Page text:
“We look at warranty data, analytics, social media, and what customers say about the products,” Flores said. “Some customers file complaints with NHTSA, and we get those complaints. There are many avenues where we are actively looking for issues.”
The Recall Process
Currently, NHTSA has simplified the recall process into three steps.
STEP 1: The process begins with the manufacturers, which will notify registered owners by first-class mail within 60 days of notifying NHTSA of a recall decision. According to NHTSA, manufacturers must offer the owner a proper remedy.
STEP 2: Then, NHTSA will monitor each safety recall to ensure owners receive safe solutions from manufacturers in line with the Safety Act and Federal regulations.
STEP 3: The final step involves the owners. Owners will be notified through the mail from the manufacturer. When they receive a notification, they should follow any interim safety guidance provided by the manufacturer and contact their local dealership to fix the recalled part for free.
Safety recalls are available on NHTSA’s official website.
With the manufacturers reporting the safety issue, Flores said GM has an ongoing meeting where those issues are reviewed by senior management on an ongoing weekly basis.
“There's a regularly scheduled meeting where senior leaders of the company review potential issues and the senior leaders make determinations on recalls,” Flores said. “An expert who has invested in the issue comes into the meeting and reviews the related data. They present their research and recommend a course of action.”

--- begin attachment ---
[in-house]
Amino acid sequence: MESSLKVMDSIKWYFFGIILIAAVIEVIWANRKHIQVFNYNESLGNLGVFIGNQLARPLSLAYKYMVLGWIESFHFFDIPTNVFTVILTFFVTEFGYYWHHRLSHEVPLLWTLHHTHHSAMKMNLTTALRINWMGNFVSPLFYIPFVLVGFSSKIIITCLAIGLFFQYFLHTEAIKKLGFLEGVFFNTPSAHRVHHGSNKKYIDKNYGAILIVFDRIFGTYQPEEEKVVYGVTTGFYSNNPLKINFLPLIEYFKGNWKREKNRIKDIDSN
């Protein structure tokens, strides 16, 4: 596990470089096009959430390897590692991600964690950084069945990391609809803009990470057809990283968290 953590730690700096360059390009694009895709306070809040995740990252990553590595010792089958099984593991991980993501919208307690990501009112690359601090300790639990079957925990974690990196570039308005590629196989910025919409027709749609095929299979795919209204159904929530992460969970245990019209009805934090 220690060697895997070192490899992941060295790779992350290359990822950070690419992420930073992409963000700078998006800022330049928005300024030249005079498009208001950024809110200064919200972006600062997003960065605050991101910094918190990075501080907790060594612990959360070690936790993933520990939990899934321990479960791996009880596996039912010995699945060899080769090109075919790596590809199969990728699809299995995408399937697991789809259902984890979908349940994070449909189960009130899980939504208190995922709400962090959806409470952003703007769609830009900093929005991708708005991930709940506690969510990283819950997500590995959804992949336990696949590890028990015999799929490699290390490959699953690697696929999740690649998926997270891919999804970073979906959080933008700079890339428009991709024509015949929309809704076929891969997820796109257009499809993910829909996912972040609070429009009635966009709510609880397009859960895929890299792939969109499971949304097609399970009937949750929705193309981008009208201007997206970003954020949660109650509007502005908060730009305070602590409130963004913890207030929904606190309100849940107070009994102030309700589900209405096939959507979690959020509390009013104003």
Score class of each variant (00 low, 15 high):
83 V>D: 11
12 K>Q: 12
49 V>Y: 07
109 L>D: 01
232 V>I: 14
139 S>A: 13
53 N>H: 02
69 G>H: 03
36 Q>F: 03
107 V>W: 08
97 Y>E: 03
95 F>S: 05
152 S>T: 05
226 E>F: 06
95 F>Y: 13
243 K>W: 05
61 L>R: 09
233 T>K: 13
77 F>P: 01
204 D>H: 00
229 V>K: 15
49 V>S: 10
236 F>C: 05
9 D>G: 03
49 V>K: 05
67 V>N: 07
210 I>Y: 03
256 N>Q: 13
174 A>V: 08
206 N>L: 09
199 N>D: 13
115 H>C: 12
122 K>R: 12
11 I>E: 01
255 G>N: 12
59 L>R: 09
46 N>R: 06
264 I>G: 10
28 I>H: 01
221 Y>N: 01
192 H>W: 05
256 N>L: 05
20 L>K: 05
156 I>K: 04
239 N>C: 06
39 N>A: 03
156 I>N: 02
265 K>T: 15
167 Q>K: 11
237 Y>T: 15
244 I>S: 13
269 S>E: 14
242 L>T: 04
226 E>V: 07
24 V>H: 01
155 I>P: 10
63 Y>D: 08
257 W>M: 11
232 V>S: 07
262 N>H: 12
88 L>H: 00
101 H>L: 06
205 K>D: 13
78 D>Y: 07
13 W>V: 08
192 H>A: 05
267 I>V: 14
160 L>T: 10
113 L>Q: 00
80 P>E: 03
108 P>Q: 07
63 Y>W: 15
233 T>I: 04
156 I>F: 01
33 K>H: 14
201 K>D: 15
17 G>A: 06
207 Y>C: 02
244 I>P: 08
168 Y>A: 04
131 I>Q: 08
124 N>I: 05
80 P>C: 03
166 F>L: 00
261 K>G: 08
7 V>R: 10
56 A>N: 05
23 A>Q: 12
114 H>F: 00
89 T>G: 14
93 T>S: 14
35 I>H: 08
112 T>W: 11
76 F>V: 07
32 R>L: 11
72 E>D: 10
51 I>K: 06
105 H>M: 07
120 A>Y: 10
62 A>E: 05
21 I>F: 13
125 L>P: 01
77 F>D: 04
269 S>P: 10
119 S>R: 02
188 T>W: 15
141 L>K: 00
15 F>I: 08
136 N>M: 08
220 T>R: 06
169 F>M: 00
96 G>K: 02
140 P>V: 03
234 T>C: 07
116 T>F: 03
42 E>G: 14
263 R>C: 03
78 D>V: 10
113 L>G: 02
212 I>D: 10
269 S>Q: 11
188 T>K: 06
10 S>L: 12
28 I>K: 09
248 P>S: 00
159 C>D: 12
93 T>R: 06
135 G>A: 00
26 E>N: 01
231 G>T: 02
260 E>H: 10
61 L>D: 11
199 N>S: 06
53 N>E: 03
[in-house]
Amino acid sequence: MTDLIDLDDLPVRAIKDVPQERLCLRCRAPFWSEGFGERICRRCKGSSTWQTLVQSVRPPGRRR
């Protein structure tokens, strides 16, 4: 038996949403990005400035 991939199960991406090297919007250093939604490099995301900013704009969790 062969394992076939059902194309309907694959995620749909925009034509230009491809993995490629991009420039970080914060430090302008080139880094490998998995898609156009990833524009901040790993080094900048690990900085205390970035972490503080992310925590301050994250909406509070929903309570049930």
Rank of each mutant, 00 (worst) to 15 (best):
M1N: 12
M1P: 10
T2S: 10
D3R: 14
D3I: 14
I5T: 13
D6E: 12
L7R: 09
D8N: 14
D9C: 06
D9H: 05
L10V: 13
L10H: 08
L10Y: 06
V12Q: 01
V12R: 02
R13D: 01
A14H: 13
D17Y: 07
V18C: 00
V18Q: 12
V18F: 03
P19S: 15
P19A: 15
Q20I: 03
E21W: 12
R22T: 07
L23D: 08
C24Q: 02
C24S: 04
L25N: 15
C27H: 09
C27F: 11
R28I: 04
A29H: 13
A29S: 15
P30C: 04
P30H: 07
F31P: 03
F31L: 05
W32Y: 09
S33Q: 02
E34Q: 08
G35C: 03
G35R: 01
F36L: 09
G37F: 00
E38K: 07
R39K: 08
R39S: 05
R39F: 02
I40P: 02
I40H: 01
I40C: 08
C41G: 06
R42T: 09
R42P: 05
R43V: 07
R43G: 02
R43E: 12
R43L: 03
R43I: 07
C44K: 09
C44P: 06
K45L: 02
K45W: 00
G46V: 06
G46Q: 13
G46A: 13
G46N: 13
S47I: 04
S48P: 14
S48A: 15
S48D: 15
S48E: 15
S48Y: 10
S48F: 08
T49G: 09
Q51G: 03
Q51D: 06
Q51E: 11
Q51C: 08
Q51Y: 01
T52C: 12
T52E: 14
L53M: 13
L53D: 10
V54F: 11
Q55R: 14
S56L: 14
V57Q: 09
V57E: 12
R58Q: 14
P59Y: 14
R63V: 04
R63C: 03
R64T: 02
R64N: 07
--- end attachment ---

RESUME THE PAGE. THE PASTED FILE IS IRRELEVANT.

GM has experienced a cultural change in addressing potential safety issues following the highly publicized massive ignition switch recall approximately 10 years ago. Flores credited the company’s senior leaders for the change in approach, encouraging an open line of communication for employees to bring up issues they see and developing various ways issues can surface.
“We want employees to surface problems. We want employees to be proactive in making leadership aware of issues because, in the end, being proactive allows us to discover issues sooner,” Flores said. “When we can discover issues sooner, fewer customers could be potentially impacted by whatever the issue is.”
Recall Communication & Challenges
While GM made a cultural change to better the company’s communication and overall handling of safety recalls, there are still challenges auto manufacturers will face in the process.
Flores provided a scenario to highlight one challenge customers need help understanding:
“Based on the circumstances of how businesses are run, a customer can’t always get their vehicle repaired immediately, and that can be very frustrating. We understand,” Flores said. “They want their vehicle repaired as quickly as possible. We can certainly understand that and appreciate the frustration customers feel when they’re told that their parts aren’t immediately available. That’s, unfortunately, the challenge we’re faced with when an unplanned issue happens.”
Flores added that the company doesn’t build all its parts. GM will build its engines and transmissions and stamp its sheet metal. However, other parts come from different companies.
Sometimes suppliers will go out of business, so GM must find another supplier to build that part. According to Flores, the manufacturer and supplier negotiations take time for both parties to reach a commercial agreement.